As he speaks, he stares out the window, as if in a trance. But when he gets defensive or wants to emphasize a point, he turns and looks directly into a reporter's eyes, a technique that is both subtle and unnerving. It's like he's shouting without raising his voice.
The grumpy Soglin is often on display for reporters. His patience with them seems almost always at its limits. It's not unusual for him to roll his eyes at questions or offer brusque answers, both in press conferences and one-on-one interviews. He'll say "I don't know" rather than volunteer a good quote that elaborates his thinking.
Ald. Satya Rhodes-Conway says it comes down to the "very high expectations" Soglin has for everyone around him. In the context of the Common Council, she adds, "he has some pretty high expectations about the amount of background research we will have done on issues, the level of detail with which we will have examined things, and the intellectual rigor with which we'll conduct ourselves."
Rhodes-Conway says "it is a little uncomfortable to have decisions we thought were made revisited." But, she adds, "If it benefits the city, so what if it's uncomfortable?"
Ald. Mike Verveer, who was first elected during Soglin's last term, says he's glad to have him back. But he admits the transition has been rough for many of his council colleagues. "Paul didn't enjoy any sort of honeymoon phase, particularly as it relates to the council," he says. "A lot of my council colleagues just miss Mayor Dave."
Soglin himself is defiantly dismissive about council relations. He's unconcerned about whether the council gets its way on budget amendments. "I think we're enjoying a good relationship," he says.
Clearly, not everybody likes his style, and some council members have pushed back. They bristled when Soglin canceled the fall Ride the Drive, a popular event that closes several downtown streets for cyclists to enjoy. The mayor later reinstated it. And 10 alders - half the council - have proposed amending Soglin's budget to reinstate the Edgewater TIF to the original $16 million approved by the council.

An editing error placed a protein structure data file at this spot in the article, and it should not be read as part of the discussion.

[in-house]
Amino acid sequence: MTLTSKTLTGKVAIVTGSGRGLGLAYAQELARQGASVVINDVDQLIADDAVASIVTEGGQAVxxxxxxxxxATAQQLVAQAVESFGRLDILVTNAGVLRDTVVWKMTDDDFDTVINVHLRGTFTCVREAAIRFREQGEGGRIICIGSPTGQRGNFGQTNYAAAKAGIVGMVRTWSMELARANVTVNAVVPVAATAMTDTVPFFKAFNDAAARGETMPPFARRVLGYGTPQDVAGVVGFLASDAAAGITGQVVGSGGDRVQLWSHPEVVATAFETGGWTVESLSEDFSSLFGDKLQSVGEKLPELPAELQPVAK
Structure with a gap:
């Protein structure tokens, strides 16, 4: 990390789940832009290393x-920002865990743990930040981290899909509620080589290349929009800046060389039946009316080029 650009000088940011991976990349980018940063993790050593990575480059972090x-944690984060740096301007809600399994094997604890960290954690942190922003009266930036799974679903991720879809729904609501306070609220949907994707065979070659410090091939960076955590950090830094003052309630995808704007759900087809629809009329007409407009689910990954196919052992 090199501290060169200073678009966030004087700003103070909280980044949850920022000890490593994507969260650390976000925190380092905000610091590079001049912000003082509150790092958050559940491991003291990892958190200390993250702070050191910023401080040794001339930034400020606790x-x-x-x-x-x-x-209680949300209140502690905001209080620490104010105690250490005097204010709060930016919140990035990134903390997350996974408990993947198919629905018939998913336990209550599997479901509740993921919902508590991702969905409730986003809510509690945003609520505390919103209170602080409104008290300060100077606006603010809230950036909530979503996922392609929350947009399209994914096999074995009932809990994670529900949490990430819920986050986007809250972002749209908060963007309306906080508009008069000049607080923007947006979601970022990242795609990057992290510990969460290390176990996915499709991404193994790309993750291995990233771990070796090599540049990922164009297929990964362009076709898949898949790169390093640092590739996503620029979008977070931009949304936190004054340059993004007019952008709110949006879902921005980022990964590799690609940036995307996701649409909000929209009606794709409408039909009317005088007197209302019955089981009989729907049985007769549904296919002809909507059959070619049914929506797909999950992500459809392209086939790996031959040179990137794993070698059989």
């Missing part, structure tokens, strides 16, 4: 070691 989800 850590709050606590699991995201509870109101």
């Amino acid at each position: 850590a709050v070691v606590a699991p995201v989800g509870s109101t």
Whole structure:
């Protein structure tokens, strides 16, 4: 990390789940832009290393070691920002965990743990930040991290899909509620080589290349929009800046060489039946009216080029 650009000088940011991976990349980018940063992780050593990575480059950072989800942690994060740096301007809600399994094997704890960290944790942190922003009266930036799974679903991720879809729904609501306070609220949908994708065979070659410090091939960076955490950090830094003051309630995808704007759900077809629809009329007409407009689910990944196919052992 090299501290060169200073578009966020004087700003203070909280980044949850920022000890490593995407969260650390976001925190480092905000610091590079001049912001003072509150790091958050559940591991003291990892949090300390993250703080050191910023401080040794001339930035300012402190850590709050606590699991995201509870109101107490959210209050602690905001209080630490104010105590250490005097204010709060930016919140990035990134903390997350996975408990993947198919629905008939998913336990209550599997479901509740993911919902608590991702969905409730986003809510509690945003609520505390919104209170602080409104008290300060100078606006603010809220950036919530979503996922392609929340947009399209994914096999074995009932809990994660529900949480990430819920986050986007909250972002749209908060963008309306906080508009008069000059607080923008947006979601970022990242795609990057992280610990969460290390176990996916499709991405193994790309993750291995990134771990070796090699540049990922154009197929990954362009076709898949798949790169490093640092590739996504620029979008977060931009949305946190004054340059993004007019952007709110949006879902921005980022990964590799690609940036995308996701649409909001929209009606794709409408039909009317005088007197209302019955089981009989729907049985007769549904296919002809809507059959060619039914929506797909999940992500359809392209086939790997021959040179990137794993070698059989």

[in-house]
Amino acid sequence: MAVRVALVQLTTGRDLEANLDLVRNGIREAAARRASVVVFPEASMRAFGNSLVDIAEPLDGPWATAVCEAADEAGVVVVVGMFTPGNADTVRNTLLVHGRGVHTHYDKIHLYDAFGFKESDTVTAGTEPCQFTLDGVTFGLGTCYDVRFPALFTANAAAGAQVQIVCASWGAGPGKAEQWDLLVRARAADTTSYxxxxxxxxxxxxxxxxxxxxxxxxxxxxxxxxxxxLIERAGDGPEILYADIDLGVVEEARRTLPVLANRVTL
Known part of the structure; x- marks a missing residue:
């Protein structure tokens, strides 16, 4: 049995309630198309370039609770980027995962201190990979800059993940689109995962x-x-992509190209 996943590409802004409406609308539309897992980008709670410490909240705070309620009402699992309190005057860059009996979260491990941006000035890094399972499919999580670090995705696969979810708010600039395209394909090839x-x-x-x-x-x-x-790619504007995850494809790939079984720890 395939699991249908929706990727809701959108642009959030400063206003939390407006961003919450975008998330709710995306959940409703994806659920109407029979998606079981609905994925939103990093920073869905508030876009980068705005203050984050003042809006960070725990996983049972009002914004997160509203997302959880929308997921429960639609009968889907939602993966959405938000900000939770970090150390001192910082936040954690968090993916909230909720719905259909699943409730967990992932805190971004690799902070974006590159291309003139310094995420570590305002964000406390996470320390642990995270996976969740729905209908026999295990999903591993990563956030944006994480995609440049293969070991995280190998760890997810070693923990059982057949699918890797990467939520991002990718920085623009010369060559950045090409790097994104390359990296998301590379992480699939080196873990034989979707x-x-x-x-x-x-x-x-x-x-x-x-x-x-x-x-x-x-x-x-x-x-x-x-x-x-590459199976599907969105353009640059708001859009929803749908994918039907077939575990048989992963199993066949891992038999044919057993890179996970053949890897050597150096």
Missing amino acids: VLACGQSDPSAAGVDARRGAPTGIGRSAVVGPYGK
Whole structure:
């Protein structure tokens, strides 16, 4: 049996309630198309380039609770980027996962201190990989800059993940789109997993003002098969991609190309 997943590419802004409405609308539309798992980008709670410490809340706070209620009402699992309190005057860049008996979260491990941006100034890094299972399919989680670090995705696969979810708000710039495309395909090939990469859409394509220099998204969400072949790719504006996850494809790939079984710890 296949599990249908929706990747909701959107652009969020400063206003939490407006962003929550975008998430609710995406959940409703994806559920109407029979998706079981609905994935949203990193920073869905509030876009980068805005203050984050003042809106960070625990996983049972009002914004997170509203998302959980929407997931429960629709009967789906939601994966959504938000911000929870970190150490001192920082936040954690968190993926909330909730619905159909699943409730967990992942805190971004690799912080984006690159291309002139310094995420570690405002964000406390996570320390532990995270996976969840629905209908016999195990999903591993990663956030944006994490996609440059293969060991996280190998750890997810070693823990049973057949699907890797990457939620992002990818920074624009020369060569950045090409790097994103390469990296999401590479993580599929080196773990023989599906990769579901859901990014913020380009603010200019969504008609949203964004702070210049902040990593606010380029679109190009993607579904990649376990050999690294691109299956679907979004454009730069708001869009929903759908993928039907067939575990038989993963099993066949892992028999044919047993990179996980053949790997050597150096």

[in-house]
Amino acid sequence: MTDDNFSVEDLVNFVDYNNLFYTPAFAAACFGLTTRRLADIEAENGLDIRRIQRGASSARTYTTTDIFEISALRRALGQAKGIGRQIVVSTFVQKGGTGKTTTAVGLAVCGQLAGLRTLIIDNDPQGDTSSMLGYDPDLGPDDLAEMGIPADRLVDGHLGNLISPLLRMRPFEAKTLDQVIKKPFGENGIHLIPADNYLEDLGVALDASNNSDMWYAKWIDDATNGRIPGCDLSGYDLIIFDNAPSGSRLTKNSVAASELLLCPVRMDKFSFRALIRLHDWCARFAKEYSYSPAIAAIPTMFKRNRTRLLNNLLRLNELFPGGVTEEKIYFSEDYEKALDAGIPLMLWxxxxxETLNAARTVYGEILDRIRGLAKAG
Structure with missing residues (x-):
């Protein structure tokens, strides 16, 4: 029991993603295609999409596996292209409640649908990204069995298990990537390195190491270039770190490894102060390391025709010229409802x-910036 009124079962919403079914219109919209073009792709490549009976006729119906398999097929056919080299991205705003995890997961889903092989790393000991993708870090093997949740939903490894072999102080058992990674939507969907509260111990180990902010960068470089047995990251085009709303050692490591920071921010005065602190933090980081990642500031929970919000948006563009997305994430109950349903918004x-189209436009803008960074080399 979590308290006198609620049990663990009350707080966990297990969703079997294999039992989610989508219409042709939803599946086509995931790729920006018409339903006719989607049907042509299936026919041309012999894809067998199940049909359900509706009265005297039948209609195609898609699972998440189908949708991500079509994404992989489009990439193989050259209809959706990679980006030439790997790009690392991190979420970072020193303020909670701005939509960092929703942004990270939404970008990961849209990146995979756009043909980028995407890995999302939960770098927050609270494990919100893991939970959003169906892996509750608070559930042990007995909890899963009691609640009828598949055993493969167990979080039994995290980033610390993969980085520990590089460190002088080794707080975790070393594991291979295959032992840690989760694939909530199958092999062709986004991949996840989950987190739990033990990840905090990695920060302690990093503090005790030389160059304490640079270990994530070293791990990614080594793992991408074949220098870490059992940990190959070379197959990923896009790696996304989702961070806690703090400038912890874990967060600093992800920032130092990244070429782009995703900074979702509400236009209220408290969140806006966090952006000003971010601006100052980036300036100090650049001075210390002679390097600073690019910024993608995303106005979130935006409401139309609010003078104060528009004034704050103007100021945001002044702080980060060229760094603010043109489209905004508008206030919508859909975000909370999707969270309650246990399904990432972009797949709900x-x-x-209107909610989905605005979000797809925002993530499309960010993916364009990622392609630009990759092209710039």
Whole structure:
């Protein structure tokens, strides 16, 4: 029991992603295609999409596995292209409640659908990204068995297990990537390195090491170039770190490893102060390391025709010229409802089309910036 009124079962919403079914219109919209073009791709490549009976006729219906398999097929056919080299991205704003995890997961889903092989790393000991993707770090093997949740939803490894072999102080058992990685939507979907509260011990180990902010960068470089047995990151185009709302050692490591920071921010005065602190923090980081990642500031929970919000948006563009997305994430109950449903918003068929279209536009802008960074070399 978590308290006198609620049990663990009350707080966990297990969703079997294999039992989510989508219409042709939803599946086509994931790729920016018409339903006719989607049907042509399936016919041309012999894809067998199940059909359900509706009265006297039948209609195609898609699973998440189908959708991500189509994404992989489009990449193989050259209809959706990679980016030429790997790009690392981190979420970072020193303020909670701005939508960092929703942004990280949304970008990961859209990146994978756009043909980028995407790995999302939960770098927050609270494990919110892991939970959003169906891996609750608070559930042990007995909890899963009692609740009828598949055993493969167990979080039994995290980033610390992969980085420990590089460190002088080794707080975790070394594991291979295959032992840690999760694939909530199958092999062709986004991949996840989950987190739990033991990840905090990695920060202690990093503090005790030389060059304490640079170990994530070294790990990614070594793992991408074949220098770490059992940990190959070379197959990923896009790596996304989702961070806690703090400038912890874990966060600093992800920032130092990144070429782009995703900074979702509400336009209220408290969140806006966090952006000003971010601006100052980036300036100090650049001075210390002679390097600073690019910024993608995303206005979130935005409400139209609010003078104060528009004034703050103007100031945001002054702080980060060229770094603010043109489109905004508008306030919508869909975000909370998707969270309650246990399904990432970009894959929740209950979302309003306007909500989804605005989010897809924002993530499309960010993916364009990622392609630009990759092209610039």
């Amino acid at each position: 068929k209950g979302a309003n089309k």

Clear says more is at stake than this project. "It's a test of whether the city can be trusted to fulfill its promises."
Soglin bumped both Clear and Bruer from the influential Board of Estimates, and they have subsequently become two of the mayor's chief critics. Bruer expects the council to challenge the mayor more and more.
"The mystique of Paul Soglin has really begun to wear thin," Bruer says. "The perception around city hall is there's a right way, a wrong way and Paul Soglin's way. In numerous occasions, he's gone forth in a vacuum only to have the council reverse his decisions."
Although he says nice things about the mayor, Bruer is largely critical. He claims that Soglin doesn't forget past slights, be they political or personal.
"He has pent-up energy in his views of how things should work," he says. "Dave Cieslewicz grew into the position, but it was always 'our city.' For Paul Soglin, it's always been 'his city.'"
Others dispute this view. Bert Zipperer, a former alder who worked with Soglin in the early '90s, says he and the mayor had "mega-battles."
"We were great warriors. And we weren't always on the same side." But, he adds, "On each of those battles, whenever it was over, it seemed to me it was a new day. Win or lose, when the final vote was taken you go on."